BRITISH MEDICAL JOURNAL
few of whom were in a position to give an informed opinion; 150% did not reply but those who did were obviously indulging in wishful thinking that the diet regimen would be helpful as 92 % of them were already them-
selves on the diet! It is time that we neutralised such unacceptable "evidence." Professor Jens Dedichen,2 of Oslo, recently admitted responsibility for introducing lowfat diets following observations by himself and Strom 25 years ago on the decline of recorded coronary deaths in the war years, which might have been related to fat deprivation. From 1955 he strongly pursued this policy and stuck to a low-fat diet himself, criticising colleagues who would not support him. He now confesses that in spite of the Norwegian effort (soy bean oil consumption in Norway increased fivefold) there had been no fall in coronary mortality but rather a steady increase. He regrets the anxiety created by this advice to the population. During these 25 years "it has become increasingly clear that we are on the wrong track." Could increasing consumption of polyunsaturated fats in Norway have caused the increase in coronary mortality ? We do not know. Professor Bengt Borgstrom, of Lund, an outstanding leader in fat biochemistry, says that pursuit of these policies of saturated fat reduction and more unsaturated fats is "irresponsible, as it would have far-reaching economic, agricultural, and psychological effects." There might be quite unknown consequences of altering the nature of our dietetic fats. Even now we can be certain that a diet rich in polyunsaturated fats will increase the risk of gall stones. With the absence of any proof of benefit from reduction of blood lipids we have reached the stage where we must admit that this regimen has failed when tried out on subjects at risk of coronary disease and therefore the imposition on the public of dietetic restrictions for its prevention has no scientific justification. The fatty streaks which occur in young children are not the beginning of atheroma. The Bromley Health Authority4 has been advising mothers of babies about the avoidance of eggs and discarding the cream on the top of the milk. This is creating alarm in the public and it is urgent that our professional advice should get back on to an even keel and put a stop to this propaganda, which threatens to become a cruel imposition terrifying mothers of families.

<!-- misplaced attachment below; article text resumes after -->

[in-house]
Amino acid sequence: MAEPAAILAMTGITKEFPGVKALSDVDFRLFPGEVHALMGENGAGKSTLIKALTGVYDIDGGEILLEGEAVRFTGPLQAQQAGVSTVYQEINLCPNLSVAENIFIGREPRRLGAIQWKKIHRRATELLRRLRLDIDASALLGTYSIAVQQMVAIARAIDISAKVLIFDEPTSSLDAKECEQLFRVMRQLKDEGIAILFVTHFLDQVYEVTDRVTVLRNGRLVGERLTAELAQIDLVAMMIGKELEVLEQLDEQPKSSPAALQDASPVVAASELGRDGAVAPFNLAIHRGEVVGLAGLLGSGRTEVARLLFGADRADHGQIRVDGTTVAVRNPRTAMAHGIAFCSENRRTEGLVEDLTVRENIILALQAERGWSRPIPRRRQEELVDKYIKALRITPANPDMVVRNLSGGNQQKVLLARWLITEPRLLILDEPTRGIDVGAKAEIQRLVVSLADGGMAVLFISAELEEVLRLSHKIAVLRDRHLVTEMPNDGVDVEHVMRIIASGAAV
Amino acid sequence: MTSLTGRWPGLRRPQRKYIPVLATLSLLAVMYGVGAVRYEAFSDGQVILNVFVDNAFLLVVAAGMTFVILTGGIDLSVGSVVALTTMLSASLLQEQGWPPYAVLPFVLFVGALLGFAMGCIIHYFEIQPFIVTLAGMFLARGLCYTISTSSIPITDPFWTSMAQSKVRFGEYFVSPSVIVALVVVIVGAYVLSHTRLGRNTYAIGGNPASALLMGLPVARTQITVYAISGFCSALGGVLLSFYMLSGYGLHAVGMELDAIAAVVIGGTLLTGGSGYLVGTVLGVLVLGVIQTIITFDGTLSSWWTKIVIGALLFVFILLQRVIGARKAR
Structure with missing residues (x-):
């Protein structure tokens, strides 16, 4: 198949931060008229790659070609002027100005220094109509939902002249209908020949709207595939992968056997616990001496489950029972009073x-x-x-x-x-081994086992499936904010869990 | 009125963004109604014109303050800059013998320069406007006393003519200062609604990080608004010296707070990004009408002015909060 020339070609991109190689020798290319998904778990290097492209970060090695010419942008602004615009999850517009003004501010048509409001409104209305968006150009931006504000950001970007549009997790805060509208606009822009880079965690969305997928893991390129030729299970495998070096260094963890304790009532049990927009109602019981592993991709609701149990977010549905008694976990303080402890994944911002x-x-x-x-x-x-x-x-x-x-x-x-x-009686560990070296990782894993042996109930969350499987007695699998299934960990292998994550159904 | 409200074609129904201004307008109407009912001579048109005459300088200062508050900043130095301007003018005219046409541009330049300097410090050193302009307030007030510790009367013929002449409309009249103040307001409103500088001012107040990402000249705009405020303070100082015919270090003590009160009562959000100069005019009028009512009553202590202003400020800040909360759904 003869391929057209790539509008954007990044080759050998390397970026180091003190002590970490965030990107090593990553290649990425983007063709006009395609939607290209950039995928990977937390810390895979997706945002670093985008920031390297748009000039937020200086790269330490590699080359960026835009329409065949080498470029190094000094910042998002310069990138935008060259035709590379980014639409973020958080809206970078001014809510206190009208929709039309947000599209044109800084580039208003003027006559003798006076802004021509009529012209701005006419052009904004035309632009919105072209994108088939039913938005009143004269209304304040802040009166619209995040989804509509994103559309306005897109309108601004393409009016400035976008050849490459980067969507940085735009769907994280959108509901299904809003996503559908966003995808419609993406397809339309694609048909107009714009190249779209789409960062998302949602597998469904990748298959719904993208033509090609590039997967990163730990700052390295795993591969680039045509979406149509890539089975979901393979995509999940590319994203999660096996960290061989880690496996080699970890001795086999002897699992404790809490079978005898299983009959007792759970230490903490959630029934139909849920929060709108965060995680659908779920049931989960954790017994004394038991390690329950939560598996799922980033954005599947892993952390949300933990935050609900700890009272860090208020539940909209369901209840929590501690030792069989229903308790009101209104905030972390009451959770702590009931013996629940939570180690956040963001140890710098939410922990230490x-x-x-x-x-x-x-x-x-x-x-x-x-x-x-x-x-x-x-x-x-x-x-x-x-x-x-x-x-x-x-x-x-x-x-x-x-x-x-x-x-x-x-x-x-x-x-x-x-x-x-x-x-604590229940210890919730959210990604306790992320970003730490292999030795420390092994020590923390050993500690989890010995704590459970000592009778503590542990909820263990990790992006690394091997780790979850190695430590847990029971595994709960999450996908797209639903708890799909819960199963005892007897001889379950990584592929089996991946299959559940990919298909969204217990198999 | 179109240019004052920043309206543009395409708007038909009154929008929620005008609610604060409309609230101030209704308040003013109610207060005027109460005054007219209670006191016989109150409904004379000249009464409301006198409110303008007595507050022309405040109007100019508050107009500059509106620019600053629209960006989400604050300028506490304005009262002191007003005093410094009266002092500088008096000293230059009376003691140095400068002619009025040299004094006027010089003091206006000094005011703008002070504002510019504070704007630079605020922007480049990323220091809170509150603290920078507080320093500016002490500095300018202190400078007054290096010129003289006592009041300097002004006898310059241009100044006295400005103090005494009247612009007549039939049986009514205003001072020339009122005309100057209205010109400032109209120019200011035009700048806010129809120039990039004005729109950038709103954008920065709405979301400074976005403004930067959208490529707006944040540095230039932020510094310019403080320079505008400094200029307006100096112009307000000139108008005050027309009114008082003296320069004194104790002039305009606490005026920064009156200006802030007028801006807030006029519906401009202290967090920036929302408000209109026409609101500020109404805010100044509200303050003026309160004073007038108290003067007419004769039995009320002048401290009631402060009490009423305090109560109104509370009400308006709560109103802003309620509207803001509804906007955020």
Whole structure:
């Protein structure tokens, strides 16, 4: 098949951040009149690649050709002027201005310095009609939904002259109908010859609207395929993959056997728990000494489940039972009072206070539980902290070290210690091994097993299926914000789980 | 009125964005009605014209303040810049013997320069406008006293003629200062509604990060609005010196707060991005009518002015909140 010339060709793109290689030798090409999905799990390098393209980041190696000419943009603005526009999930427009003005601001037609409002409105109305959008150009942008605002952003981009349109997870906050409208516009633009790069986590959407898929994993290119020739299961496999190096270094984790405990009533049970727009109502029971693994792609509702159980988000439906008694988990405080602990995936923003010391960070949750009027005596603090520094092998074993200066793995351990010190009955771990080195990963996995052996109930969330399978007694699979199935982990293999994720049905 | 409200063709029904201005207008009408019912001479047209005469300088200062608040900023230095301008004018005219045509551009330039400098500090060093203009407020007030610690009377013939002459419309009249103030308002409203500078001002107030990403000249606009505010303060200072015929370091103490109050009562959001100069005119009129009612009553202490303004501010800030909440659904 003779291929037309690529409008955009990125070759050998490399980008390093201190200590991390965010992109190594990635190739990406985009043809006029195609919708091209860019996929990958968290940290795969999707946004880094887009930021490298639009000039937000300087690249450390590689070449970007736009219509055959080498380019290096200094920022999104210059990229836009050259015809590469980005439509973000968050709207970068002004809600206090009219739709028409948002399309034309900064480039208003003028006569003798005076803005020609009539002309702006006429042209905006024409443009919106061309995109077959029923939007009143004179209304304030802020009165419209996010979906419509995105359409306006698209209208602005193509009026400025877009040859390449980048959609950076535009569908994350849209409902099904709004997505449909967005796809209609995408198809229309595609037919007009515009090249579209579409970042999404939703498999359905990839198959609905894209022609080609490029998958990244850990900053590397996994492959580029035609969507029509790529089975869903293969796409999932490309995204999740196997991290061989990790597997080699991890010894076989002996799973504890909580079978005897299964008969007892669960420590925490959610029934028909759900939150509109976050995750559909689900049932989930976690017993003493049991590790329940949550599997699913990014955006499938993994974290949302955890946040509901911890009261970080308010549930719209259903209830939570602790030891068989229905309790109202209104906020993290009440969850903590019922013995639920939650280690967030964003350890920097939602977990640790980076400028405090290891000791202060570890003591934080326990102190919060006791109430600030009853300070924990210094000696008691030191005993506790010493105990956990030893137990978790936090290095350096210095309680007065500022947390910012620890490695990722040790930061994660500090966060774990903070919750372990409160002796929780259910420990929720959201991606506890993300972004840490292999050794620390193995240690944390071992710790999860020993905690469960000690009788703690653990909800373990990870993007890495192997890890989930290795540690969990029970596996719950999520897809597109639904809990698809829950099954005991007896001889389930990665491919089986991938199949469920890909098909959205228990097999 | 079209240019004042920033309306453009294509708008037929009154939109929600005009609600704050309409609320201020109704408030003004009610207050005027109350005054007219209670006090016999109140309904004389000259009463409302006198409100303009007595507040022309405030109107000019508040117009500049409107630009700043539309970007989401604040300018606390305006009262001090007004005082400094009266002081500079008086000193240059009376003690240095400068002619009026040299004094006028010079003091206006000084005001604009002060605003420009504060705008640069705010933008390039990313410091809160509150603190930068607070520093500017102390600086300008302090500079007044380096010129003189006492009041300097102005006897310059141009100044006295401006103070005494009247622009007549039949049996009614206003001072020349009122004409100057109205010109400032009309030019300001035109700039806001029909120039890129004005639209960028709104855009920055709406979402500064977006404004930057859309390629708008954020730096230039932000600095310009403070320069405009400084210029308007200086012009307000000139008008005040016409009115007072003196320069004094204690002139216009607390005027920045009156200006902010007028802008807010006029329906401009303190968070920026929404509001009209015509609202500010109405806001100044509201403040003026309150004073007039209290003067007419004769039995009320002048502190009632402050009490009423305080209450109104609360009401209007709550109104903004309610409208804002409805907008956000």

JOHN MCMICHAEL London NW11
Norum, K, Tidsskrift for den Norske Laegeforening, 1977, 97, 363. 2 Dedichen, J, Tidsskrift for den Norske Laegeforening, 1976, 96, 915. Borgstrom, B, Sartryk ur Livsmedelteknik, 1976, 7, 302. 4Leaflet issued by Bromley Area Health Authority and produced with the support of the Flora Project for Health Education.
MRC treatment trial for mild hypertension
SIR,-On p 1437 of this week's BMJ an account is given of the pilot phase of the Medical Research Council's multicentre treatment trial for mild hypertension. If it is undertaken, and this is under present consideration, the main trial would need to recruit another 150 clinics, most of which are likely to be group practices. The need to
recruit quickly so that the trial would give an answer in the shortest time means that we should now see which practices would be interested in collaborating. In the pilot stage financial assistance was provided towards the compiling of age/sex registers and for additional nursing or medical sessions required. Equipment, laboratory facilities, postal arrangements, and compensation for the use of cardiographs were also provided and no practice was out of pocket as a result of its participation. It would be expected that this pattern would continue. Practices with total lists of at least 7500 (preferably 10 000 or over) are required and ideally those with accommodation which will allow one room to be used specifically for follow-up clinics at regular times each week (inside or outside normal surgery hours) and for storage of records, drugs, and instruments. The initial blood-pressure screening of those aged 35-64 years would be carried out by locally recruited and specially trained nurses, largely in purpose-built mobile clinics which would relieve busy surgeries of much of the additional load imposed by the trial. Several centres currently participating are willing to be contacted or visited by others wanting to know more about what the trial involves. Their names and addresses and further information on the study can be obtained from the Co-ordinating Centre, MRC Treatment Trial for Mild Hypertension, MRC/DHSS Epidemiology and Medical Care Unit, Northwick Park Hospital, Watford Road, Harrow HAl 3UJ. W S PEART